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Adopt- A- Raptor

Merlin - Barred Owl

Merlin was brought to Audubon’s Center for Birds of Prey in 1984 as a juvenile. While a very young bird, he had spent several weeks (illegally) with humans, and as a result he became imprinted on humans. Birds which imprint on humans rather than their own species have no hunting or other survival skills. Center staff placed Merlin with the permanent resident barred owls for foster care with the goal of releasing him to the wild. Unfortunately, the other owls realized that Merlin was “different” and attacked him, leading to the loss of one eye. If the staff had been told the truth about his prolonged exposure to humans, he would have been kept as an imprint but not housed with the other owls. Stories like Merlin’s are of vital importance, educating people of the harm ultimately caused when wild birds are kept in captivity.

Gopher - Burrowing Owl

Gopher was brought to us from Kenansville in Osceola County, Florida in 2015.  He had multiple fractures in his right wing.  His injuries were possibly caused by entanglement with a barbed wire fence located close to his burrow.  His name "Gopher" reminds us that burrowing owls burrow in the ground, much like gopher tortoises, which are a threatened species in Florida.

Tony - Eastern Screech-Owl

Tony, a brown-phase Eastern Screech Owl, was rescued after he fell from his nest in May of 2002. He had severe trauma to his left eye. After several weeks of treatment, it was determined that he would never regain the use of the eye, and it was surgically closed. Since owls depend on their eyesight as well as their sense of hearing to hunt for food, Tony would not be able to survive in the wild. He was deemed non-releasable and became a permanent resident of the Audubon Center for Birds of Prey. Tony has become an Audubon Ambassador and participates in educational programs raising public awareness about the importance of saving raptors and their habitat. Screech Owls are generally nocturnal and normally spend most of the day roosting in hollow trees. These owls will use man-made nest boxes when natural nesting sites are unavailable.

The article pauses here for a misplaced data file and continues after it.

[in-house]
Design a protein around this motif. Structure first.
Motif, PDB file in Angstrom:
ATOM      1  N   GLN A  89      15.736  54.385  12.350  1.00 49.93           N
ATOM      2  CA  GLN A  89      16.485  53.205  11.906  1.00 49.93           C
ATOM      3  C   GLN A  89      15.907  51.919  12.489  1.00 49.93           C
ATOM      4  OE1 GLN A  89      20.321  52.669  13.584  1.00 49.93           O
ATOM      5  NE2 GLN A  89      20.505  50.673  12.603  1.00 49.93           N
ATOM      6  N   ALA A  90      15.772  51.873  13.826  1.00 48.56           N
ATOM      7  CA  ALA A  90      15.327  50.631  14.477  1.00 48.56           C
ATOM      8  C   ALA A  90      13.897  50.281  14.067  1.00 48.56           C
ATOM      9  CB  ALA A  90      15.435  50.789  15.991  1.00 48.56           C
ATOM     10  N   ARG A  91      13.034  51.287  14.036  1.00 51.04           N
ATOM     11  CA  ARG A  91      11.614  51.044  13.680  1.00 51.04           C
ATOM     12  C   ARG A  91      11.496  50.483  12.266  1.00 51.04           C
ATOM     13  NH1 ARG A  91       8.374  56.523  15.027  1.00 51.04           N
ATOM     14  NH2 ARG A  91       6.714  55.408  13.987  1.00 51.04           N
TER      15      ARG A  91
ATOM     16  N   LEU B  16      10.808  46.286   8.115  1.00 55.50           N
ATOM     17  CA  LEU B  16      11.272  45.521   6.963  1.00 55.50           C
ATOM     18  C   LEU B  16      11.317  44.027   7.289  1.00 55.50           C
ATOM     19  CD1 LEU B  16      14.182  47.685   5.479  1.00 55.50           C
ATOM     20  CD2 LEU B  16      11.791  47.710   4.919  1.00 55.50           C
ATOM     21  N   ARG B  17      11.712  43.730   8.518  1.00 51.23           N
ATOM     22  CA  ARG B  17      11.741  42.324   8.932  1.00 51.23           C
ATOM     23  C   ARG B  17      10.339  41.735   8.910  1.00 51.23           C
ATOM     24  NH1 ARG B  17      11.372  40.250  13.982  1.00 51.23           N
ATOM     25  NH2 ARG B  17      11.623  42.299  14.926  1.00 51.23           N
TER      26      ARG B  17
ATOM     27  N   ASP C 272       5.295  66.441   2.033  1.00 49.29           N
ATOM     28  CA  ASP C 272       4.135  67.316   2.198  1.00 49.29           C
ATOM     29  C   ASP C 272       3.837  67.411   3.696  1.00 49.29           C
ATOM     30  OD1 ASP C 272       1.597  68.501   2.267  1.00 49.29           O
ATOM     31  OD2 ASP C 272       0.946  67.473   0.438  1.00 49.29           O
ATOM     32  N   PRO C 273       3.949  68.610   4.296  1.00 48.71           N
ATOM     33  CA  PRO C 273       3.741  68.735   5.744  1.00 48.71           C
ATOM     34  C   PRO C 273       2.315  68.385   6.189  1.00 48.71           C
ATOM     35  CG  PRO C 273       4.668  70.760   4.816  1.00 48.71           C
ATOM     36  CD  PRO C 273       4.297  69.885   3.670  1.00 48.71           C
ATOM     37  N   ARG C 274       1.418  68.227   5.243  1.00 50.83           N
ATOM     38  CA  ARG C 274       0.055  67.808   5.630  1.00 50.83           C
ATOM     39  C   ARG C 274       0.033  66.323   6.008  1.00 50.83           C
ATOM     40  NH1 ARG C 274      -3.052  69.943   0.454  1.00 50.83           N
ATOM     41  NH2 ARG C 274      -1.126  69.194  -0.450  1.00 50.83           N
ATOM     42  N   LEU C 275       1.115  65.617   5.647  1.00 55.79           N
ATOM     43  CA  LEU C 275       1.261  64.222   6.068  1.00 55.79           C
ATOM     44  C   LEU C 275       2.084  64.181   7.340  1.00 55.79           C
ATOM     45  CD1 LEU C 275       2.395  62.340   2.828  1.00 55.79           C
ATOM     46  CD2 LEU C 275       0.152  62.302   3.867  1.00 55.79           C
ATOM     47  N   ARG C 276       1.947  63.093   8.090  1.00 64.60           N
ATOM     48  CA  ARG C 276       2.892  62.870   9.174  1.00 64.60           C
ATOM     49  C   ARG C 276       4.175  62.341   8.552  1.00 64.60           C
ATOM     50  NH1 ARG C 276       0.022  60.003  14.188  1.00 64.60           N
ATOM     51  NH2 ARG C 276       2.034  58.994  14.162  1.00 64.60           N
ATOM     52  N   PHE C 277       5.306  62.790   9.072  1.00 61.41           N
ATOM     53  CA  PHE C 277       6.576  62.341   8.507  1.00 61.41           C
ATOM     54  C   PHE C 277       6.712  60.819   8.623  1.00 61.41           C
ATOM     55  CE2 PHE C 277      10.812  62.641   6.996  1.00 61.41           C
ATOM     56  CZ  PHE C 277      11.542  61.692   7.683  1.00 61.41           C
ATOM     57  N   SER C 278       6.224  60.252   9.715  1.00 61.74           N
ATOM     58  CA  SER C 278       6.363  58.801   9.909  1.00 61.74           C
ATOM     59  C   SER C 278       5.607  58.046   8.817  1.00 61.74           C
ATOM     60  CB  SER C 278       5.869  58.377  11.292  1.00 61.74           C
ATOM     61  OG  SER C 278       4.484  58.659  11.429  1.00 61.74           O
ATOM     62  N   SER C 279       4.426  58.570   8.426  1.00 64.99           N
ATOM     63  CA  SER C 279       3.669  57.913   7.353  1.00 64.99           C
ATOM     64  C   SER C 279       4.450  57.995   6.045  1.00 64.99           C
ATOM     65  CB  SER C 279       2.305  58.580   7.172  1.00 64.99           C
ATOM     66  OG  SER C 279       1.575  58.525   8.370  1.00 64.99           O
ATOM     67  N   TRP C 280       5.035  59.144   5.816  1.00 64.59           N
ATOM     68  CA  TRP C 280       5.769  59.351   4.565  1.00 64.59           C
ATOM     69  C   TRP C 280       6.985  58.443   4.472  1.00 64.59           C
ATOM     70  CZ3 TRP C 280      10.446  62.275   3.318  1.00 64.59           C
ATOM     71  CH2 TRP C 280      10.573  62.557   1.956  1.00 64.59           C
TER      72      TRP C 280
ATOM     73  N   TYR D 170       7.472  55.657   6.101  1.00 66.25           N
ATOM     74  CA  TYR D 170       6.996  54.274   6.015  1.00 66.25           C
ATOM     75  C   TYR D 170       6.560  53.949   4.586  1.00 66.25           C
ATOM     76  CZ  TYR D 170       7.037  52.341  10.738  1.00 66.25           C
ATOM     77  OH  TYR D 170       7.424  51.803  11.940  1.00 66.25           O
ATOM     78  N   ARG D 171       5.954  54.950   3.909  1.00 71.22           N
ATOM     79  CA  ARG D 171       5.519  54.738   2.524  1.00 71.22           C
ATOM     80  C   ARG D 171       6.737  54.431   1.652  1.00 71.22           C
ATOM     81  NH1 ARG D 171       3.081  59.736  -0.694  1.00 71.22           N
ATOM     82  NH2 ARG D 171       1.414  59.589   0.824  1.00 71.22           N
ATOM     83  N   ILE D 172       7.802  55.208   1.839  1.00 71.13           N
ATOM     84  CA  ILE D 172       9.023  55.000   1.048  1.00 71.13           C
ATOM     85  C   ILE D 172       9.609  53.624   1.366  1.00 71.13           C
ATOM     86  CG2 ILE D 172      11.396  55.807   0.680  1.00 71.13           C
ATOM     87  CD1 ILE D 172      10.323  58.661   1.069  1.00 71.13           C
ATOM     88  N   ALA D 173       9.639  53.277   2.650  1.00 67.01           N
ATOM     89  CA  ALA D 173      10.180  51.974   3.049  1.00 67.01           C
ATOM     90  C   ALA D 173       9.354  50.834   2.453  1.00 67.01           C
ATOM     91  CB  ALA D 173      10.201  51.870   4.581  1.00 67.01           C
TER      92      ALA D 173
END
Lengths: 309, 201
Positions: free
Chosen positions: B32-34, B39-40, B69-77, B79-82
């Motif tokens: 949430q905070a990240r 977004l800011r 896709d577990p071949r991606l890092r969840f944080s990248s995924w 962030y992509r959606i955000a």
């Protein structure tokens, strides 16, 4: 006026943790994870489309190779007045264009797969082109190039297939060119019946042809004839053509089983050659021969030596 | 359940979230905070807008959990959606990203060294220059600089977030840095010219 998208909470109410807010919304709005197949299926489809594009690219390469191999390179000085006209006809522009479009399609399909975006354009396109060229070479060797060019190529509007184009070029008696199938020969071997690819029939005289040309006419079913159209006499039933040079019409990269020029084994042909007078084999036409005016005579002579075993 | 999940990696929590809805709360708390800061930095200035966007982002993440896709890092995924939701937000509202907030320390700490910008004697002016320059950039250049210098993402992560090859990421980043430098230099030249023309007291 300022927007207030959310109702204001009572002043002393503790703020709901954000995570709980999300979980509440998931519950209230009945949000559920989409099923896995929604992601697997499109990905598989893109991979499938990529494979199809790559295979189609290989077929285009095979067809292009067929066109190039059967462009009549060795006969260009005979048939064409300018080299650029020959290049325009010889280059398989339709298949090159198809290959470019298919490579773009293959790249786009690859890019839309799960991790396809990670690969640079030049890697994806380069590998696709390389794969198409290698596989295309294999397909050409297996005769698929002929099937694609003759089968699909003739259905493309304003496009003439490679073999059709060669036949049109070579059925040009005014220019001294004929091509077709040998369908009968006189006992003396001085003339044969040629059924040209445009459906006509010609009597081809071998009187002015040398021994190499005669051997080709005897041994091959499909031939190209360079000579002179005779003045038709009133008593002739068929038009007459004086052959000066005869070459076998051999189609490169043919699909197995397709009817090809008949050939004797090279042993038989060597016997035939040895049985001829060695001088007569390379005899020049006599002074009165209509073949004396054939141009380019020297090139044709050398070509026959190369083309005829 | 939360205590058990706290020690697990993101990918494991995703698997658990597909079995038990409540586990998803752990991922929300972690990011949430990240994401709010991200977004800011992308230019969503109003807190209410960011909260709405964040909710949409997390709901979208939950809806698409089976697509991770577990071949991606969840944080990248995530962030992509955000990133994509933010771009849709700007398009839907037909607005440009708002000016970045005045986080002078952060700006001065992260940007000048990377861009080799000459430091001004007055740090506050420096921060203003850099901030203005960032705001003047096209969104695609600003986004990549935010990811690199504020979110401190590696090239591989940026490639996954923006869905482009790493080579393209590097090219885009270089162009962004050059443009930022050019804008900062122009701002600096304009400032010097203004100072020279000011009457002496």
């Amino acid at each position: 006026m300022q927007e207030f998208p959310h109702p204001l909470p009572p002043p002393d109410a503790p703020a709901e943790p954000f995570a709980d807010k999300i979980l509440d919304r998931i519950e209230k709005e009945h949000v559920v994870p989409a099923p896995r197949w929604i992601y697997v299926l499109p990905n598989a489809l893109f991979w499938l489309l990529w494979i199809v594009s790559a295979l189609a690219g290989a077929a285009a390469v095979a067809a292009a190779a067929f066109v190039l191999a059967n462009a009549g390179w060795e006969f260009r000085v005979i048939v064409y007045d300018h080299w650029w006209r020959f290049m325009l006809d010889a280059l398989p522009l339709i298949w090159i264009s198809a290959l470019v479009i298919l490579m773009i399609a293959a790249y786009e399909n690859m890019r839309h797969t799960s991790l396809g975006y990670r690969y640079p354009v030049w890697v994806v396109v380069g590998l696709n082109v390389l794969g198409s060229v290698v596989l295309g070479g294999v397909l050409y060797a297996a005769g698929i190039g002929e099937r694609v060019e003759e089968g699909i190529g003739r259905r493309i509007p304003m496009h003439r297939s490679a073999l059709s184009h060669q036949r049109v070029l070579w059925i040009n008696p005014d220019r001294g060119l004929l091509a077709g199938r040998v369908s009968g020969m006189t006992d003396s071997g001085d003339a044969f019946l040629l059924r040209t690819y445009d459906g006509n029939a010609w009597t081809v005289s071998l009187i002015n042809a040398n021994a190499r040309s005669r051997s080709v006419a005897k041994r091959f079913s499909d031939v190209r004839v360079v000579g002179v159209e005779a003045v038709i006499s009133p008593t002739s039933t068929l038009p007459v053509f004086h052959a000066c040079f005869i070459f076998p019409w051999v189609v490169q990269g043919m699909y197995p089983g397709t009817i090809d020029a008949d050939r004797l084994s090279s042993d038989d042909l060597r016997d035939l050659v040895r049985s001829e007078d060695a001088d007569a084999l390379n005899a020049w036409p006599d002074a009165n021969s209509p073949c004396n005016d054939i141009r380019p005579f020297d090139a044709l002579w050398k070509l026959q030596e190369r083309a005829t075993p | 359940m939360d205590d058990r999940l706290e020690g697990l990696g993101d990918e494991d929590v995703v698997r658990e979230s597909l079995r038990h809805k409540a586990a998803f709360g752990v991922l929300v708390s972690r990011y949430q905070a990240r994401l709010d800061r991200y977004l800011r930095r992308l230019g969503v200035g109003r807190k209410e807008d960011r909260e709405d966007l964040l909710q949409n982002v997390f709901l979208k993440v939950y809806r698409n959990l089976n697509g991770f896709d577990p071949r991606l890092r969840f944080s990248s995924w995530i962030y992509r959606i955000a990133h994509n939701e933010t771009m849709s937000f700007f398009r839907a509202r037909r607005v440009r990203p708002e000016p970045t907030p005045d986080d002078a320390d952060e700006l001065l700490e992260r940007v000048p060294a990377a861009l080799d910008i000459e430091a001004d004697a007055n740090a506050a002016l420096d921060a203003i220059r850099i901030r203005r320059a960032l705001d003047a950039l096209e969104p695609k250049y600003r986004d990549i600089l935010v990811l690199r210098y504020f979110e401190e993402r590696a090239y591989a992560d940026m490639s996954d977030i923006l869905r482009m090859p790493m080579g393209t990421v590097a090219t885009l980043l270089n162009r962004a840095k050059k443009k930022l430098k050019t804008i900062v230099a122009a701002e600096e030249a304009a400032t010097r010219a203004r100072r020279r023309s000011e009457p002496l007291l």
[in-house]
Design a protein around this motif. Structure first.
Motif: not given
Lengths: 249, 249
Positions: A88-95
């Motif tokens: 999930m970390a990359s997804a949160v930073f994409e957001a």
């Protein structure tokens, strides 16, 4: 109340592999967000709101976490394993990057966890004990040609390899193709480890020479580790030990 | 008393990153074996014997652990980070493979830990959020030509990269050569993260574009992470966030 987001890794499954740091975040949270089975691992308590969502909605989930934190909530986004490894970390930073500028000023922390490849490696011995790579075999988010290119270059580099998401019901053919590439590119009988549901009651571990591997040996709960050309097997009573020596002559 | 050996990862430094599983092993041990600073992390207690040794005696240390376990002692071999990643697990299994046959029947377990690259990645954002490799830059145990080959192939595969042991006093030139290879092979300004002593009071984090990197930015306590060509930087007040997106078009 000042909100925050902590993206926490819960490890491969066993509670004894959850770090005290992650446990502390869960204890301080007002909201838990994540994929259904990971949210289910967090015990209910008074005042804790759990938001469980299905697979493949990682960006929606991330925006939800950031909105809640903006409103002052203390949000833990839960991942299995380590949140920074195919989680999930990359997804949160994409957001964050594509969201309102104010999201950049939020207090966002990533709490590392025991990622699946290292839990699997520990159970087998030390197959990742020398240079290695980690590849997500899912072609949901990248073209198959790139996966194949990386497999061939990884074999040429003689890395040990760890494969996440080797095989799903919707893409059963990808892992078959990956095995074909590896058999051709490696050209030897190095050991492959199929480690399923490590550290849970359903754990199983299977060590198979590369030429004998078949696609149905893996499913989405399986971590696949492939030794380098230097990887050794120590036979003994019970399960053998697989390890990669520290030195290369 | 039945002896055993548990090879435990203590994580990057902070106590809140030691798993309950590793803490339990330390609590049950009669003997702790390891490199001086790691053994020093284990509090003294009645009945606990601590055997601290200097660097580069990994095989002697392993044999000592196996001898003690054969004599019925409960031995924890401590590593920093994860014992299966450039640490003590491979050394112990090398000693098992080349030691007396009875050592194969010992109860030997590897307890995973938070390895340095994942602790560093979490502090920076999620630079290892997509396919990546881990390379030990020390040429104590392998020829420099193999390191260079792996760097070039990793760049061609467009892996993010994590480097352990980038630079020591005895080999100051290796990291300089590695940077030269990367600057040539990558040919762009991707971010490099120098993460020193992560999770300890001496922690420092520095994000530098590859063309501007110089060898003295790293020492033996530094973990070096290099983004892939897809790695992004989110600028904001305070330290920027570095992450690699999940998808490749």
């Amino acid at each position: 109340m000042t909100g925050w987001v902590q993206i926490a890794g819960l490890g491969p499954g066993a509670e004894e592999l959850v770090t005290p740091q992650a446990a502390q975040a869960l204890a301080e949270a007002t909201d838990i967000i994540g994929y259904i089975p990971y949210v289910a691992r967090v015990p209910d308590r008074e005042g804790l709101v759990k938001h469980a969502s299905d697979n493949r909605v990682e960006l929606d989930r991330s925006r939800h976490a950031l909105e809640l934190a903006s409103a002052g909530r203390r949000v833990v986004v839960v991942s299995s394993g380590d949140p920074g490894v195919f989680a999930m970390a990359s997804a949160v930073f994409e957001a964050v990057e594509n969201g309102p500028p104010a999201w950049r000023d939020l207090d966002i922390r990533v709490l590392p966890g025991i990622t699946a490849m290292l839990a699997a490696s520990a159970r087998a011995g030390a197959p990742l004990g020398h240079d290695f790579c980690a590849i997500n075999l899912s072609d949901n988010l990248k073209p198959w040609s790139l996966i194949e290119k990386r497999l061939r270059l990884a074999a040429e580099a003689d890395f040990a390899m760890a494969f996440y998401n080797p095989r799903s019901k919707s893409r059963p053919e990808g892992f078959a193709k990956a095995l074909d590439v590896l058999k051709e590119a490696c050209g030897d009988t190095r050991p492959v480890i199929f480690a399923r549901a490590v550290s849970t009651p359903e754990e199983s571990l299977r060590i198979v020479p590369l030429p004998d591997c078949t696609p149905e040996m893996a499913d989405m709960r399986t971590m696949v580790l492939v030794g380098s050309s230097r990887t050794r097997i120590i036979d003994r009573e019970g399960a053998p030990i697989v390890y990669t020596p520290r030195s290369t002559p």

Henry - Great Horned Owl

Henry was brought to the Center in July 2019 from Geneva, FL as a fledgling.  Radiology exams revealed a previously fractured ulna that had healed incorrectly. Possible causes are a fall from the nest or being stepped on in the nest by a parent or sibling.  Although Henry is partially flighted, he is not a strong enough flier to survive in the wild. Henry is a glove trained bird and one of the Center’s Audubon Ambassador birds educating the public on Great Horned Owls and the conservation of their habitat.

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Raptor Conservation

Raptor Conservation

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